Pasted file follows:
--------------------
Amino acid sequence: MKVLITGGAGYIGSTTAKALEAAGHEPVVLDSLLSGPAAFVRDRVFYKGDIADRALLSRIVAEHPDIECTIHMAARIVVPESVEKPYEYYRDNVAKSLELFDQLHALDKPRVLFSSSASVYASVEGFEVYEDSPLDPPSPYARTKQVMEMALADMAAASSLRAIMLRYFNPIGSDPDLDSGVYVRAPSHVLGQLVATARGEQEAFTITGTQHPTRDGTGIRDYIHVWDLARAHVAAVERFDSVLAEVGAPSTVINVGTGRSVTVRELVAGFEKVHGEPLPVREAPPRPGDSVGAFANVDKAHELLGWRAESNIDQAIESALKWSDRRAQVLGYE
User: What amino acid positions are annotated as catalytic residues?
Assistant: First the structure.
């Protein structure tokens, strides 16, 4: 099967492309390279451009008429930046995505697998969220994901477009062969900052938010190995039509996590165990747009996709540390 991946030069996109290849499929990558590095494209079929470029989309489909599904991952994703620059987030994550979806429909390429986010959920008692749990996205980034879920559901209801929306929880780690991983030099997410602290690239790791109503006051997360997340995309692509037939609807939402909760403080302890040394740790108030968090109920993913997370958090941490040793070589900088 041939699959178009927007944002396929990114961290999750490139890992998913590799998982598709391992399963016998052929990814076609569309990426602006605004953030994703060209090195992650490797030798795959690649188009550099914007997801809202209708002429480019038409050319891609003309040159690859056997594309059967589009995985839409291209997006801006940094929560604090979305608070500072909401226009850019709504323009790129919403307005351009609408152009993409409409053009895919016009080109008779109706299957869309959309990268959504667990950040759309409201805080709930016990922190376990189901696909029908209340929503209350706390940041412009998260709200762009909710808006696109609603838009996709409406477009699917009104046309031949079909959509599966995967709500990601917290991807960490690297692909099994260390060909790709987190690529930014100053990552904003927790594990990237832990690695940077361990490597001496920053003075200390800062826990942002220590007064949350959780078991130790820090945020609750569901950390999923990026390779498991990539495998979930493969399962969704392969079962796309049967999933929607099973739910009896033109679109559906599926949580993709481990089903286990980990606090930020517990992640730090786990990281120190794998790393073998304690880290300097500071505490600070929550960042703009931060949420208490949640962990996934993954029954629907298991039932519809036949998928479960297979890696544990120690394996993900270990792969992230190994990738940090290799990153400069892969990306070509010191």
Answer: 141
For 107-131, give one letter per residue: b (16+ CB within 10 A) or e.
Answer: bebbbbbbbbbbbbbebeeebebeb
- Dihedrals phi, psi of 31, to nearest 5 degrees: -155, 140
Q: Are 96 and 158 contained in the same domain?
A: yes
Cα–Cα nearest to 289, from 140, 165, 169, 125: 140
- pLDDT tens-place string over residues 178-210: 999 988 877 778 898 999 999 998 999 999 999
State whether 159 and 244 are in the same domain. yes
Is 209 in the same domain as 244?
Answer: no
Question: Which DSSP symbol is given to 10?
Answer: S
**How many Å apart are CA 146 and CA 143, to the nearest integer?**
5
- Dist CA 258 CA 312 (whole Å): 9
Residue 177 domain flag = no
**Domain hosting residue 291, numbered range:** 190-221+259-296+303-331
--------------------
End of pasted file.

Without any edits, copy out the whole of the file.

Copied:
Amino acid sequence: MKVLITGGAGYIGSTTAKALEAAGHEPVVLDSLLSGPAAFVRDRVFYKGDIADRALLSRIVAEHPDIECTIHMAARIVVPESVEKPYEYYRDNVAKSLELFDQLHALDKPRVLFSSSASVYASVEGFEVYEDSPLDPPSPYARTKQVMEMALADMAAASSLRAIMLRYFNPIGSDPDLDSGVYVRAPSHVLGQLVATARGEQEAFTITGTQHPTRDGTGIRDYIHVWDLARAHVAAVERFDSVLAEVGAPSTVINVGTGRSVTVRELVAGFEKVHGEPLPVREAPPRPGDSVGAFANVDKAHELLGWRAESNIDQAIESALKWSDRRAQVLGYE
User: What amino acid positions are annotated as catalytic residues?
Assistant: First the structure.
């Protein structure tokens, strides 16, 4: 099967492309390279451009008429930046995505697998969220994901477009062969900052938010190995039509996590165990747009996709540390 991946030069996109290849499929990558590095494209079929470029989309489909599904991952994703620059987030994550979806429909390429986010959920008692749990996205980034879920559901209801929306929880780690991983030099997410602290690239790791109503006051997360997340995309692509037939609807939402909760403080302890040394740790108030968090109920993913997370958090941490040793070589900088 041939699959178009927007944002396929990114961290999750490139890992998913590799998982598709391992399963016998052929990814076609569309990426602006605004953030994703060209090195992650490797030798795959690649188009550099914007997801809202209708002429480019038409050319891609003309040159690859056997594309059967589009995985839409291209997006801006940094929560604090979305608070500072909401226009850019709504323009790129919403307005351009609408152009993409409409053009895919016009080109008779109706299957869309959309990268959504667990950040759309409201805080709930016990922190376990189901696909029908209340929503209350706390940041412009998260709200762009909710808006696109609603838009996709409406477009699917009104046309031949079909959509599966995967709500990601917290991807960490690297692909099994260390060909790709987190690529930014100053990552904003927790594990990237832990690695940077361990490597001496920053003075200390800062826990942002220590007064949350959780078991130790820090945020609750569901950390999923990026390779498991990539495998979930493969399962969704392969079962796309049967999933929607099973739910009896033109679109559906599926949580993709481990089903286990980990606090930020517990992640730090786990990281120190794998790393073998304690880290300097500071505490600070929550960042703009931060949420208490949640962990996934993954029954629907298991039932519809036949998928479960297979890696544990120690394996993900270990792969992230190994990738940090290799990153400069892969990306070509010191």
Answer: 141
For 107-131, give one letter per residue: b (16+ CB within 10 A) or e.
Answer: bebbbbbbbbbbbbbebeeebebeb
- Dihedrals phi, psi of 31, to nearest 5 degrees: -155, 140
Q: Are 96 and 158 contained in the same domain?
A: yes
Cα–Cα nearest to 289, from 140, 165, 169, 125: 140
- pLDDT tens-place string over residues 178-210: 999 988 877 778 898 999 999 998 999 999 999
State whether 159 and 244 are in the same domain. yes
Is 209 in the same domain as 244?
Answer: no
Question: Which DSSP symbol is given to 10?
Answer: S
**How many Å apart are CA 146 and CA 143, to the nearest integer?**
5
- Dist CA 258 CA 312 (whole Å): 9
Residue 177 domain flag = no
**Domain hosting residue 291, numbered range:** 190-221+259-296+303-331